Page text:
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Thursday, November 18, 2021

Talking Shop: The Idea Machine • By Eric Dontigney

The subject of creativity is a popular one in the writer set. Given the central role that creativity plays in the fiction profession, it’s no wonder that writers obsess about it. I’ve met some writers who agonize over coming up with ideas for any kind of writing. It’s a legitimate struggle they face, and I feel for them. Not having ideas when you want to create is awful.

Yet, I suspect, at least half of the writers out there struggle with the opposite problem. They have too many ideas. Way, way, way too many ideas to ever execute on all of them. Granted, not every idea is a good idea. I’ve got some complete short stories that will never see the light of day to attest to that. They aren’t terrible stories. They hang together okay, but they don’t have that special something. Sometimes, my execution was subpar, but the idea usually was just b-grade stuff.

Unfortunately, plenty of ideas are good ideas. When you start layering on years of experience, even some of those b-grade ideas can be elevated into something better because your execution of the idea is so much better than it was say five or ten years ago. Beyond that, you start training your brain to think in terms of narrative. These days, I find that I have to avoid opening up a new file on my computer for an idea because I won’t just jot down the idea. I’ll start writing. Then, all of a sudden, I’ve got a partially completed short story or, more often these days, the first couple chapters of a book that I’m pretty confident has legs.

There’s a reason why I’ve got like four series in progress, six partially completed novels, and something like another 15 books just to wrap those up those series. Plus, there will be new ideas. There will always be new ideas. Before I finished the first draft of Rinn’s Run, I had ideas for at least three or four more books in that series. I could probably make it 10 if I sat down and worked at it.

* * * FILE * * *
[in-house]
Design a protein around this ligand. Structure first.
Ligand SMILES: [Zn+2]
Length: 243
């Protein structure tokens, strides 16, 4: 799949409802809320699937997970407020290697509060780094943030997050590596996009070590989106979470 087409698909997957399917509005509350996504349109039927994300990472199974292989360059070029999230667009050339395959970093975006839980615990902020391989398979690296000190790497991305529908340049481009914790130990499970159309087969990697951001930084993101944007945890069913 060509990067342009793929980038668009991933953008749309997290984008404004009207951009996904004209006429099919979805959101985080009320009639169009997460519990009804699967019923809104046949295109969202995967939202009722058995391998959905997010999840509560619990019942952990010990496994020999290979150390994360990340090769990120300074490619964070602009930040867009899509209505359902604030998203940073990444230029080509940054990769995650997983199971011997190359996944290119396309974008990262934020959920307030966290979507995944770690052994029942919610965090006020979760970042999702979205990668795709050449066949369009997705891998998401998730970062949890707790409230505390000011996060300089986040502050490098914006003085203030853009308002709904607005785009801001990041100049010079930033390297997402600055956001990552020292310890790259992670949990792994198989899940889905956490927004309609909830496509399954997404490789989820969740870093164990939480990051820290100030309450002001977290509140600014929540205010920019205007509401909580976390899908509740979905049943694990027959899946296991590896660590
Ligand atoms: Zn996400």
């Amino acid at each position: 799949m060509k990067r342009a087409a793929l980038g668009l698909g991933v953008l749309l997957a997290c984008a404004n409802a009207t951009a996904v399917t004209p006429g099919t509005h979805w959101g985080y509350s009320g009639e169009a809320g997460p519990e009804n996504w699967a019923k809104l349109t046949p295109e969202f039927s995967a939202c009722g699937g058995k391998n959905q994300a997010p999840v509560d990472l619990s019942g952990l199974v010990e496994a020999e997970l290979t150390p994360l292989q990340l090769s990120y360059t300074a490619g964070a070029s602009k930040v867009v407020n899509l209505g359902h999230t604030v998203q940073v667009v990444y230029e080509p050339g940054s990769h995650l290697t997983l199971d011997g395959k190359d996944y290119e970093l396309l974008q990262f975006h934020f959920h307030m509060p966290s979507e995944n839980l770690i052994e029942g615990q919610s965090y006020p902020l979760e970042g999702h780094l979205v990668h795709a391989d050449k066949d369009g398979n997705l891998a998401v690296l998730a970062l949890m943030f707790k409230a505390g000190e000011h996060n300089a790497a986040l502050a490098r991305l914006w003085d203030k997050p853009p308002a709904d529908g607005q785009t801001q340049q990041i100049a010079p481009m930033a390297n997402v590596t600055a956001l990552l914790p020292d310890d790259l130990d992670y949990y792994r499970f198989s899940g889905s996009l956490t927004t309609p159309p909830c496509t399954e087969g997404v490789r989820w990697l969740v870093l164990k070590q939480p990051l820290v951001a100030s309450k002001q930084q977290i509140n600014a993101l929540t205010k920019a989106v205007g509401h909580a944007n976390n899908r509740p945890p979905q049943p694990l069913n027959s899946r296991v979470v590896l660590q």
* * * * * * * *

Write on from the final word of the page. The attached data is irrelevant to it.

So, the question I always face is: “How do I sort through the ideas and pick the ones to work on?”

Historically, I didn’t pick. I just tried to work on everything. See above, six partially completed novels. These days, I’m more selective. Now, I’m about to say the least writer-y, least artistic thing you can possibly say about creative endeavors.

Rule One: Be pragmatic.

If you’re 19 and only answerable to yourself, you’ve got a lot of freedom about how you spend your time. For most people, there are adult concerns that vie for your attention. You’ve probably got a job, maybe a spouse, and maybe kids. You’ve definitely got bills. Sure, you may have an idea for a 7-part, epic fantasy series, but do you have the time to work on it? Will you still want to be working on it 10 years from now if you can only devote 45 minutes a day to working on it? If you’ve got 3-5 hours a week to write around all your other responsibilities, you probably want to focus on short stories and novellas. It’s not that short fiction is easier to write well, but it’s less time-consuming in the execution.

Rule Two: Phone a Friend

You’ll get a feel for what ideas are gold and which ones aren’t, but it’s not foolproof. You will get excited about ideas that aren’t top-shelf. If you’re thinking about sinking some real time into a writing project, especially at the expense of other writing projects, run the idea by a friend whose reading judgment you trust. Ask them if that’s a story they’d want to read. They can help you pick out the wheat from the chaff.

Rule Three: Finish What You Start

Almost every writer has partially completed short stories or partially completed novels sitting in a drawer or sitting on their hard drive. Don’t do that. Finish what you start. There are lots of teaching reasons to do that. You’ll still learn things about plotting, characterization, and world-building from those failed attempts, but that’s not my main reason for advising this. Have you ever had an unfinished task or a task that you knew you needed to do that you kept putting off? Ever notice how that task starts taking up more and more brain space. Partially completed stories and books are just like that. They take up psychic space as they compete for your attention. Finishing, even if it’s not great, frees up that psychic space for the next project.

Rule Four: Ignore Me

So, with all that being said, you should ignore me. I’m not saying you shouldn’t try those rules, because you should. I’m saying that if you give those rules a real try and they don’t work for you, drop them. For the record, one attempt isn’t a real try. Six months or a year is a real try because the timeline for writing can prove long.


Eric Dontigney is the author of the highly regarded novel, THE MIDNIGHT GROUND, as well as the Samuel Branch urban fantasy series and the short story collection, Contingency Jones: The Complete Season One. Raised in Western New York, he currently resides near Dayton, OH. You can find him haunting obscure sections of libraries, in Chinese restaurants or occasionally online at

SHAMELESS ADVERT: If you like Harry Dresden or John Constantine, you’ll love THE MIDNIGHT GROUND. READ IT NOW!

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